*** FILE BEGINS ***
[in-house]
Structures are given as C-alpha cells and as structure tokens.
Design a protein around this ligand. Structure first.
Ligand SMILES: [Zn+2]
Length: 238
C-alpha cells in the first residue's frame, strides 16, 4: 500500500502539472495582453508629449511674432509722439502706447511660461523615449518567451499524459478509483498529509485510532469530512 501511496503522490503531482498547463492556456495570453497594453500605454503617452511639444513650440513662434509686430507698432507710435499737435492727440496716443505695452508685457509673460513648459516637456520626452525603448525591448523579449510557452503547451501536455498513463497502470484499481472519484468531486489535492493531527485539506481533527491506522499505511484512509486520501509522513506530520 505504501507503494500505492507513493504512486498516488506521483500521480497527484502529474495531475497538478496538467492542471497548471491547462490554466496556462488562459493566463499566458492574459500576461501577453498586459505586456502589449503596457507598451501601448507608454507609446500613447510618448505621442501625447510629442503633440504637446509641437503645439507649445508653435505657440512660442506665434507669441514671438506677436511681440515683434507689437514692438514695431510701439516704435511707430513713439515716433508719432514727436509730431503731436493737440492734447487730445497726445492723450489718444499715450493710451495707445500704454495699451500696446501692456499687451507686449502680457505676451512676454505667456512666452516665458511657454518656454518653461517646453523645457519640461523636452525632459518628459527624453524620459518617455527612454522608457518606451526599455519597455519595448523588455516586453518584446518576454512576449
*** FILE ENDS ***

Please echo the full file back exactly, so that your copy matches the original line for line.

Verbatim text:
[in-house]
Structures are given as C-alpha cells and as structure tokens.
Design a protein around this ligand. Structure first.
Ligand SMILES: [Zn+2]
Length: 238
C-alpha cells in the first residue's frame, strides 16, 4: 500500500502539472495582453508629449511674432509722439502706447511660461523615449518567451499524459478509483498529509485510532469530512 501511496503522490503531482498547463492556456495570453497594453500605454503617452511639444513650440513662434509686430507698432507710435499737435492727440496716443505695452508685457509673460513648459516637456520626452525603448525591448523579449510557452503547451501536455498513463497502470484499481472519484468531486489535492493531527485539506481533527491506522499505511484512509486520501509522513506530520 505504501507503494500505492507513493504512486498516488506521483500521480497527484502529474495531475497538478496538467492542471497548471491547462490554466496556462488562459493566463499566458492574459500576461501577453498586459505586456502589449503596457507598451501601448507608454507609446500613447510618448505621442501625447510629442503633440504637446509641437503645439507649445508653435505657440512660442506665434507669441514671438506677436511681440515683434507689437514692438514695431510701439516704435511707430513713439515716433508719432514727436509730431503731436493737440492734447487730445497726445492723450489718444499715450493710451495707445500704454495699451500696446501692456499687451507686449502680457505676451512676454505667456512666452516665458511657454518656454518653461517646453523645457519640461523636452525632459518628459527624453524620459518617455527612454522608457518606451526599455519597455519595448523588455516586453518584446518576454512576449